It must be more than three-generations old, almost as ancient as our family compound. I am definitely sure of it. During the growing years we were still busy with school and being constantly out with our friends, we would always go home in the late evening, to see its area teeming with activity, surrounded by old folks; my parents, our aunts and uncles, cousins, and even neighbors until the wee hours. Situated at the lanai overlooking our garden, you could hear the clicking of mahjong tiles from the gate as you entered. That only meant that the old folks were still up, well past their bedtime.
My brothers and sisters, we all grew up to a household that had once been madly-smitten by the old game, developed in China during the Qing dynasty centuries ago. For one who grew up in Ponciano Reyes Street in the 60s, that familiar sound of tiles being mixed on a table by four players, was the unmistakable soundtrack of our siesta afternoons. So widely-popular was it at the time, that the players, those versions of today’s gamers, could give out gambling chips to the children who by chance, disturbed them, to buy goodies at the local Chinese sari-sari store, thus leaving them in peace. The store owner who knew everybody, could then come after the sessions that lasted till evening and exchange the chips for their cash equivalent . A really cool incentive for us, especially from our grandfather-slash-player, as our papa and mama were still at the office during those times.
Later on, when our family had moved to Bajada, the game had moved in with us, that table included. Everyday till the weekends, it had become the usual place where my late grandfather would play his mahjong solitaire, and often with us kids.
Eventually, this was also that time when he taught us how to play so he could have a ready quorum of “playmates”, when his usual co-players, my parents and uncles were not available. A clever motive perhaps, but he had taught some neighbors as well so they followed suit in our wake. In other words, it was safe to say that my Lolo Ute had introduced Mahjong to our hood. Thereafter, my brothers and I would play whenever we could. There was even a time when a brother who had come home to visit one weekend from studies in Los Banos, practically never left the table until his flight back Sunday. Until the time my grandfather passed away, our mahjong table had become a silent witness to the steady parade of player-relatives, more neighbors and our family’s fated second-liners, some nieces and nephews who followed after us. Plus some friends.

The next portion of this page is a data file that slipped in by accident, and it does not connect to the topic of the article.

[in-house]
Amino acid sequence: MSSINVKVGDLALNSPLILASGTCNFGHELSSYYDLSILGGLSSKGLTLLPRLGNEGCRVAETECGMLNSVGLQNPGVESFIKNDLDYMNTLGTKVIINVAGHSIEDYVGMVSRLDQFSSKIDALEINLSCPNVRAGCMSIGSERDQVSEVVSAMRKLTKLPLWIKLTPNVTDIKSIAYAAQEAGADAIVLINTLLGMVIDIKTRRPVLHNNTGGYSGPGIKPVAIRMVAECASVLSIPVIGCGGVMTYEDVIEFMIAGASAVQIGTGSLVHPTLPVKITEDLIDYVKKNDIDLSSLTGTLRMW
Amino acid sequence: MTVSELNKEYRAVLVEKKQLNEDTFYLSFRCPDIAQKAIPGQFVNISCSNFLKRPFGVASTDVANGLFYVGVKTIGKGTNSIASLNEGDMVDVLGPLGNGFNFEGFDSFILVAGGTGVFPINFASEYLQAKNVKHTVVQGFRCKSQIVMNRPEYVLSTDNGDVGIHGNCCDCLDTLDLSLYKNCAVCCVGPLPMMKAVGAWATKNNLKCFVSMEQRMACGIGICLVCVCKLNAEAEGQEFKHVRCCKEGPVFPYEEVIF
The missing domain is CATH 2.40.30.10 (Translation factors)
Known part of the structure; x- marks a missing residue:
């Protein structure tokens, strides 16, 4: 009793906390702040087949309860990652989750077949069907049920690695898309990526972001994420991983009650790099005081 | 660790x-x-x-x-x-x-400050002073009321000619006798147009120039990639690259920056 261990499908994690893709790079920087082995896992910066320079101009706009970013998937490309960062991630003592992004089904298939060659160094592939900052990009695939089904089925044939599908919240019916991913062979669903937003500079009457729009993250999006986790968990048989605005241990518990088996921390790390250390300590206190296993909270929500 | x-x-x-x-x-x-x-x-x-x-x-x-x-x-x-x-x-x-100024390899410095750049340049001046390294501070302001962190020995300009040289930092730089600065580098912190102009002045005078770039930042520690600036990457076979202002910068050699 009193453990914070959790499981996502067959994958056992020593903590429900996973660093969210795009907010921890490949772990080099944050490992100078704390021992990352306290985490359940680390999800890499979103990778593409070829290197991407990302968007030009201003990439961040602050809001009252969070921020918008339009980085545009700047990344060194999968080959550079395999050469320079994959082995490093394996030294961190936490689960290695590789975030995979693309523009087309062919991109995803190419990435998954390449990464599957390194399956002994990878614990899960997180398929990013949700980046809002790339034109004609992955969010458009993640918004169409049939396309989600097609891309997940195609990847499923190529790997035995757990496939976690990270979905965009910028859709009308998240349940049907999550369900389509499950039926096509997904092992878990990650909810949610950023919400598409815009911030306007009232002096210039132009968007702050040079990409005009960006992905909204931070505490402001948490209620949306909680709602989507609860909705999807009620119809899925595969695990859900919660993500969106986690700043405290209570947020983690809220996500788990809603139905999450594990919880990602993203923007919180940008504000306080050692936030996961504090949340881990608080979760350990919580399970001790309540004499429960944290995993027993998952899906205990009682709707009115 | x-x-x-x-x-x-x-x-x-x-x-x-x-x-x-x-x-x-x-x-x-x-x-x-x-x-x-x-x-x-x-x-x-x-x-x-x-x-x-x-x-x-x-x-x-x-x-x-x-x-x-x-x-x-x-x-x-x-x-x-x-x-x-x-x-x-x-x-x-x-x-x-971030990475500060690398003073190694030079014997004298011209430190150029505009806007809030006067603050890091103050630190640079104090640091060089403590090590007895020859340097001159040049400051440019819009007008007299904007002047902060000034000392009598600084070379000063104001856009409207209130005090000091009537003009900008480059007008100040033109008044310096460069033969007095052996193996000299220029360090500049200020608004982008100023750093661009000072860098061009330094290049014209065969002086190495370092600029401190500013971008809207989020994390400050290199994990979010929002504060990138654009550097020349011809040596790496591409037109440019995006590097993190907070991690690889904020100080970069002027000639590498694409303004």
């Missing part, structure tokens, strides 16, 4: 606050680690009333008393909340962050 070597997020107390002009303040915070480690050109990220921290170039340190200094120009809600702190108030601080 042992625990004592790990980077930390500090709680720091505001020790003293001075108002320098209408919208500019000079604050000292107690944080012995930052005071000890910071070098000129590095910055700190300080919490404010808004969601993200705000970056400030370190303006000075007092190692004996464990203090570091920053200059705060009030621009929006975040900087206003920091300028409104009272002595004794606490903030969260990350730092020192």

That family pastime had long gone. When my mom, my aunt and elder sister passed away, we relegated the table to a corner of the lanai and put away the mahjong tiles a last time. We fondly said that their quorum was complete in heaven anyway, and that was it.
The new batch of family rugrats that had been born were not interested anymore, with the advent of present-day things and digital toys attracting their fancy. All for the good perhaps, mahjong was actually old school, and who plays it anymore these days? As for our beloved mahjong table, it has become adjunct table whenever we had reunions and such. A place for meals, purses, umbrellas and small talk.
Last weekend, our nieces, nephews and grandchildren had gathered again at the old house for a late birthday bash, and after lunch, we had naturally gravitated toward that old table again.
A fond reminiscing of its history had followed, flowing with happy old tales of loved ones long gone, who once sat before it. For me, it had become a reunion of sorts for old and new, the living and the spirits of family. As we sat, laughed and sang at that ex-mahjong table, my only wish had been: If only it could talk.
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